“It's about the same size, but the flow of materials is much more efficient,” said Robert Render, vice president and past president of the Zion, Illinois, recycler which now has nine recycling plants nationwide. “We had been in the Schoolcraft facility for 11 years and it clearly was not meeting our needs. We had been looking to move it for a couple of years. The flow and the layout in Kalamazoo is much better. It is a single rectangular building versus a series of buildings built over time.”
* Another industrial recycler, Zanesville, Ohio-based Coll Materials Exchange LLC — which added a second extrusion line earlier this year at the plant in Waco, Tex., it opened in November — has told Plastics News that it is investigating opening up a third plant by the end of the year in the Pacific Northwest.
* Also, in the Pacific Northwest, the $10 million, 45,000-square-foot ORPET PET recycling plant in Mt. Helens, Ore., opened in late December and held its grand opening three weeks ago. It is the only post-consumer PET recycling plant in the Pacific Northwest.
“We started production near the end of December,” said Bruce Sone, director of purchasing and sales for ORPET. B+B Anlagenbau GmbH did a turnkey operation for us,” bringing in suppliers of sorters, grinders and optical sorting equipment.
“Right now, we're operating 24 hours/day and four days/week. We are making clear and green washed flake, and clear and green washed fines, and mixed clean flake” for customers who make automotive strapping, nursery pots and sheet film for thermoformed containers, he said.
Sone said he expects the plant to process 14 million pounds of PET this year and 30 million when it is fully operational. Currently, it is only using deposit material from the state's deposit program.
“If we want to go full capacity, we will have to get material from municipalities and have a 60/40 mix of deposit to municipal material, Sone said. “We think that the 30 million pound capacity is something we can sustain.”
“We also want to get into the making of pellets, but that is at least a year away,” he said.
ORPET is the name of the operating company of Pacific PET Recycling LLC, which is the holding company formed by the joint venture partners: The Oregon Beverage Recycling Cooperative, Dennis Denton, chairman of Portland-based Denton Plastics Inc.; Tom Leaptrott, owner of Quantum Leap LLC, a Vancouver, Wash., supplier of packaging materials and plastic bags used in the recycling industry, and former paper industry executive Rick Wollenberg. Quantum Leap and Denton Plastics are not parties to the joint venture.
THE ORPET plant isn't the only new PET plant coming on the marketplace, or recently opened.
* Perpetual Recycling Solutions is scheduled to open its first plastics recycling facility — a 110 million-pound food-grade recycled PET plant in Richmond, Ind. — by the end of the year.
The first line of that $30 million, 100,000-square-foot plant will have the capacity to produce 75 million pounds of food-grade flake annually from a raw material input of 107 million pounds, which is roughly equivalent to 823 million plastic bottles.
Separately, Coca-Cola has filed a breach of contract lawsuit against Pure Tech Plastics LLC, saying the company has not paid more than $5 million loaned to them by two units of Coca-Cola. The lawsuit listed as the defendant David Bender, as a registered agent for Pure Tech. Bender is president and CEO of both Perpetual Recycling and the Chicago-based holding company, Re: Think Recycling Group LLC, which acquired Pure Tech shortly after the revolving line of credit was established.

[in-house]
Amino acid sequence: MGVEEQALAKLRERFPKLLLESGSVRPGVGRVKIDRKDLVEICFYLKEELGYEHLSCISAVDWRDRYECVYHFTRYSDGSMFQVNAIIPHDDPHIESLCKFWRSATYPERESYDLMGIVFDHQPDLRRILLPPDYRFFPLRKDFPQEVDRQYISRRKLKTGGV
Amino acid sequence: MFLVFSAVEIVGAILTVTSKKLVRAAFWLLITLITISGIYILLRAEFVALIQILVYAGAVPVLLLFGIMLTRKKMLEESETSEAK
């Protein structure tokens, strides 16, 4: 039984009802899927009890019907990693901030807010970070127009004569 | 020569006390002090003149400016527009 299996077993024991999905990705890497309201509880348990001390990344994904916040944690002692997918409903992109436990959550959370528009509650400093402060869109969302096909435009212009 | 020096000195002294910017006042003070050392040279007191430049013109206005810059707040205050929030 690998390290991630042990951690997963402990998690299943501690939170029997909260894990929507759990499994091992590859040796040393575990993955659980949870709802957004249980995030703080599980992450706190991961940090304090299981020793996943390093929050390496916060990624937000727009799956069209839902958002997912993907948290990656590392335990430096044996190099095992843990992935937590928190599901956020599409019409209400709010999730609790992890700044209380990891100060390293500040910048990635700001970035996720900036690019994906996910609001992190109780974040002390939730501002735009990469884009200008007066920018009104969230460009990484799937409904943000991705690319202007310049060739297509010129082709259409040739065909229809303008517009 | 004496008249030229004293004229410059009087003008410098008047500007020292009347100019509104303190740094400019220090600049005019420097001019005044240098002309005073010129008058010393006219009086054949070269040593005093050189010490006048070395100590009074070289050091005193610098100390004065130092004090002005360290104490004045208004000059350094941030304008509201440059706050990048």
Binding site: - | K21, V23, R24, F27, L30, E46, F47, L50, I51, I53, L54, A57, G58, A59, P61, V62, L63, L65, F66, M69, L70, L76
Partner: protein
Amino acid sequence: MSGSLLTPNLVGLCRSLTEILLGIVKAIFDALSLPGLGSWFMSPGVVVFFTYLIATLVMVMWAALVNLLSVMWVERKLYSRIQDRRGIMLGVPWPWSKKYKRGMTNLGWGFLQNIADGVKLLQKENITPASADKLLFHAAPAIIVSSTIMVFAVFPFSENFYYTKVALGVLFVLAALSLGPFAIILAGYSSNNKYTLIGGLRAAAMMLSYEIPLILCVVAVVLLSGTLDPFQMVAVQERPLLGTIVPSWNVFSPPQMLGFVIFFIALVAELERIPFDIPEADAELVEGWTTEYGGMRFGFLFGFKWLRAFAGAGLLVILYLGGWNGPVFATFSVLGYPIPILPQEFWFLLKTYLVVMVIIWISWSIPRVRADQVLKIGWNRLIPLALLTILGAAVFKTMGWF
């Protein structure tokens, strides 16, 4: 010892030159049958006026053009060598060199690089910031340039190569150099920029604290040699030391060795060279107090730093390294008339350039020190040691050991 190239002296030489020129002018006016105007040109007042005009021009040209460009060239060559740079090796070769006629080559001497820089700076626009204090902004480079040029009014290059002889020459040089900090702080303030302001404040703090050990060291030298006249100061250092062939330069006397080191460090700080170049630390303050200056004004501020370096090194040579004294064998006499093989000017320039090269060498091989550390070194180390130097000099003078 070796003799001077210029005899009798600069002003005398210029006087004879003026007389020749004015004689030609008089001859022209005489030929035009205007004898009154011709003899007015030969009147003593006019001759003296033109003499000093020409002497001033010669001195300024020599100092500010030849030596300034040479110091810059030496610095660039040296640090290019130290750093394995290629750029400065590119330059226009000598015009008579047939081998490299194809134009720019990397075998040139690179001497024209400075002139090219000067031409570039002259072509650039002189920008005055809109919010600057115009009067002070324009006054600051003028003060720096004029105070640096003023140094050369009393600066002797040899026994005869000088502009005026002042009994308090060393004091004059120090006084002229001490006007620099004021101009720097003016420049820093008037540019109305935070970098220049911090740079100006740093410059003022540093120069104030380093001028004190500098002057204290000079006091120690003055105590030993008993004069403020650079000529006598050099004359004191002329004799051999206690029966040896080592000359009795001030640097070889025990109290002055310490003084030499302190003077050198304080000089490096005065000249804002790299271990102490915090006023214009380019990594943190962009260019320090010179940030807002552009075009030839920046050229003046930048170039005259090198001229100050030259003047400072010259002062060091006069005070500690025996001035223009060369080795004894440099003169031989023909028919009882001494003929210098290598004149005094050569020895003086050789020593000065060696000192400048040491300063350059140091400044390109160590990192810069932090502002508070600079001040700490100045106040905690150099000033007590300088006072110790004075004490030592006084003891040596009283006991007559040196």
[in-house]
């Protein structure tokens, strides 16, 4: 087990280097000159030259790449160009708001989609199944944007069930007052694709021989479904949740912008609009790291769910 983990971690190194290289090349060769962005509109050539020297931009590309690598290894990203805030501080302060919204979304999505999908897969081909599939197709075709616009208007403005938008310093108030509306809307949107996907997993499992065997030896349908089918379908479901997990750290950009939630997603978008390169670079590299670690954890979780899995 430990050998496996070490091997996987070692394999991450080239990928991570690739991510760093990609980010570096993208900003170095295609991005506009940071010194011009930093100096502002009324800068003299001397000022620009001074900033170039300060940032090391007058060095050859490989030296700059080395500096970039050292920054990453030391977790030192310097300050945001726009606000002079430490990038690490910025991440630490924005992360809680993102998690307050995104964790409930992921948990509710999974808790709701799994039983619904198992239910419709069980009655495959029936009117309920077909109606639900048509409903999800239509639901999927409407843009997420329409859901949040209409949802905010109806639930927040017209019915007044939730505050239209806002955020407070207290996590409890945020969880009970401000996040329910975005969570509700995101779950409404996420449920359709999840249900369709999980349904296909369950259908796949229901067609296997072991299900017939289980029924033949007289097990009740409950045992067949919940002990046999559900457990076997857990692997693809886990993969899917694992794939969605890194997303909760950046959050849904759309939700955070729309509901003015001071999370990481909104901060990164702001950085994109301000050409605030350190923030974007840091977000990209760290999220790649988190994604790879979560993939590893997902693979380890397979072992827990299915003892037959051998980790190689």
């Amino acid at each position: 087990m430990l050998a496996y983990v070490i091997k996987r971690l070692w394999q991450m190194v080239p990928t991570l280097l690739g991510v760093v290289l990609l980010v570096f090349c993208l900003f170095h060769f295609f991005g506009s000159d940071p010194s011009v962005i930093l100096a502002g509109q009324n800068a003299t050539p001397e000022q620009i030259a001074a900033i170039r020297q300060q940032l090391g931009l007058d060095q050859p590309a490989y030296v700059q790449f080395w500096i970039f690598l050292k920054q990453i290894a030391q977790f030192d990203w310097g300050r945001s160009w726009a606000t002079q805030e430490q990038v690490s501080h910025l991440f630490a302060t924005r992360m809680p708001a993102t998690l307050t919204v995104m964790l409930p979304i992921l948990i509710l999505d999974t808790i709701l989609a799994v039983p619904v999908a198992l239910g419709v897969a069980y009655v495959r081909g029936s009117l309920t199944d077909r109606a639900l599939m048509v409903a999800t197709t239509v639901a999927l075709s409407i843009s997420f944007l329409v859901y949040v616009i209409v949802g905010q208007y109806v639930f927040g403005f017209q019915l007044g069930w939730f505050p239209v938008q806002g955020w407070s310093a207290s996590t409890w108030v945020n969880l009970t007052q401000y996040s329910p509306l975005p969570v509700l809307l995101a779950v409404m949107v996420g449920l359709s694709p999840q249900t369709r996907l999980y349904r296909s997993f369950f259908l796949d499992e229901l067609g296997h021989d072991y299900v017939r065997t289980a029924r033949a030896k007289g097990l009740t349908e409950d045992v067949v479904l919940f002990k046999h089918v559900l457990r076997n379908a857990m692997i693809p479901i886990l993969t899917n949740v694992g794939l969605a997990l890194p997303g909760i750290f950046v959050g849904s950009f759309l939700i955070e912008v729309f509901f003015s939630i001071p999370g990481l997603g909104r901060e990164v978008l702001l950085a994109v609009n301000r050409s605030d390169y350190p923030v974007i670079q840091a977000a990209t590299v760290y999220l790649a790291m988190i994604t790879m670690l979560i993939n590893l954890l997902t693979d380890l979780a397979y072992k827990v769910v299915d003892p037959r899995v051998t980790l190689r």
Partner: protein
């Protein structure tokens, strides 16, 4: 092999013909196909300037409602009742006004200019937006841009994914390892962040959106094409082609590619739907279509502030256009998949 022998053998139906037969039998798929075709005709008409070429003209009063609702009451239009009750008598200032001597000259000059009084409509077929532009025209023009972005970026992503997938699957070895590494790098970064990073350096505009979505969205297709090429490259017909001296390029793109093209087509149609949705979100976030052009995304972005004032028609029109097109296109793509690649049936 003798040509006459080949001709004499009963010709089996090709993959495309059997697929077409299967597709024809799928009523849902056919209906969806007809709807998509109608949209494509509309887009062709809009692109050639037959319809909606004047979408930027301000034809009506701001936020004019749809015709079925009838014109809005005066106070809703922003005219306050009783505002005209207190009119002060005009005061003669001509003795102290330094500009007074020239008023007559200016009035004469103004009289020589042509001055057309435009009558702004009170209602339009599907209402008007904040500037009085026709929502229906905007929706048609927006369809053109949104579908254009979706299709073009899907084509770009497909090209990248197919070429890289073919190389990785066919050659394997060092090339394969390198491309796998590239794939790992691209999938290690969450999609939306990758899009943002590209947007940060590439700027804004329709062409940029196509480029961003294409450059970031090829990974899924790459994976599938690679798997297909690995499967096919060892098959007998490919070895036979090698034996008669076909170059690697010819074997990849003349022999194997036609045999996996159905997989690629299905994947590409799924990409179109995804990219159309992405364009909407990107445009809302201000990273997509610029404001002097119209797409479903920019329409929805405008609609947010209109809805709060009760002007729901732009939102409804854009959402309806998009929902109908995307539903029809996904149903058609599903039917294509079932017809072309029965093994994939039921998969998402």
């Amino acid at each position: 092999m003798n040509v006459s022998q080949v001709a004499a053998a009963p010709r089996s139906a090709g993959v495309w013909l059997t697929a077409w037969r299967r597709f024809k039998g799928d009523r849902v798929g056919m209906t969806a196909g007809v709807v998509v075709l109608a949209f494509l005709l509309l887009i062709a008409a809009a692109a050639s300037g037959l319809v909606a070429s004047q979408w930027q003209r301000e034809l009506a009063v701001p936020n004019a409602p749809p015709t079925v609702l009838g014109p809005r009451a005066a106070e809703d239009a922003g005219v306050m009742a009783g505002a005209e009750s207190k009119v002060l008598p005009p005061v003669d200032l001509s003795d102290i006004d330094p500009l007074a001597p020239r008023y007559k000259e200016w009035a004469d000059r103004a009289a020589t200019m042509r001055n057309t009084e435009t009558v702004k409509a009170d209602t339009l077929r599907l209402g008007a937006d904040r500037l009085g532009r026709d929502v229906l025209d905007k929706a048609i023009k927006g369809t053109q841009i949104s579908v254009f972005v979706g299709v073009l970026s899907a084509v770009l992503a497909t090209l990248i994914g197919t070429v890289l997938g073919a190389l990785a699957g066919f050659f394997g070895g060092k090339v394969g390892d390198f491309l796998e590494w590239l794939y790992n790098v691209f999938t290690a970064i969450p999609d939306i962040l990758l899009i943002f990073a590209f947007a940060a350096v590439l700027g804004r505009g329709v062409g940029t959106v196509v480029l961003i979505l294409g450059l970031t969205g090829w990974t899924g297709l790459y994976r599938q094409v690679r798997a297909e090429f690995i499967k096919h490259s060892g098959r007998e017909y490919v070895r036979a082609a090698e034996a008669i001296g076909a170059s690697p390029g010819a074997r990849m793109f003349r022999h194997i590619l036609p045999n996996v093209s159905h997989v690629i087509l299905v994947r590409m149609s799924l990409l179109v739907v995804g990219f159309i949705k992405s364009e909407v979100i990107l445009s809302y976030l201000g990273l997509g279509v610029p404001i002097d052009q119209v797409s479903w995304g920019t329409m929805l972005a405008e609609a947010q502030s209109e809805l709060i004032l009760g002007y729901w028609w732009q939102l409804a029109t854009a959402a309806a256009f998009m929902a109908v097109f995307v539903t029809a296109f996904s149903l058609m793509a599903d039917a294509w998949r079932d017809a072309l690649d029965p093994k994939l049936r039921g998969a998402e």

* There is also the $58 million bottle-to-bottle PET 220,000-square-foot recycling plant opened by CarbonLITE Industries LLC in January that will initially produce 75 million pounds of food-grade PET on an annual basis.
PepsiCo has agreed to purchase 40 percent of the plant's output to use as recycled content, and Nestlé Waters North America has agreed to purchase one-third of the plant's output and incorporate 50 percent recycled content into its currently all virgin-resin Arrowhead brand of bottle spring water that is mostly packaged at the Nestlé plant 40 miles away in Cabazon, Calif.
* Nestlé has also said that it hopes to have a PET recycling plant, on the order of the CarbonLITE plant in Riverside, up and running on the East Coast in the next 12 months to provide recycled content for use at some of its five bottling plants in Maine and Pennsylvania.
There are also several smaller PET recycling plants being built in California.
In addition, US Fibers earlier this month announced a $5.5 million expansion of its polyester recycling operation in Trenton, S.C. That expansion is expected to be completed by year-end.
US Fibers, which is headquartered in Laurens, S.C., and also has a recycling plant at that location, is a division of the holding company, Pac Tell Group Inc. Its plants recycle roughly 250 million pounds of polyester annually into staple PET fibers for the automotive, filtration, construction, non-woven and home furnishings industries.
Also, industrial plastic recycler SirNaik LLC — based in Columbia, Md. — is investing $10 million to create a Green Research Center in Parkersburg, WVa., with the aim of developing the best processes to recycle post-consumer plastics in a closed-loop system.
That 200,000-square-foot research center, which will be fully operational this fall, already has projects under way that are looking at how best to recycle thermoformed packaging material, electronics equipment and medical waste.
It also is expanding its extrusion and compounding plant in Ravenswood, WVa. —- which operates under the name, Total Recycling Solutions LLC — by 100,000 square feet. That plant currently has 100,000 square feet of manufacturing space and another 100,000 square feet of warehouse space.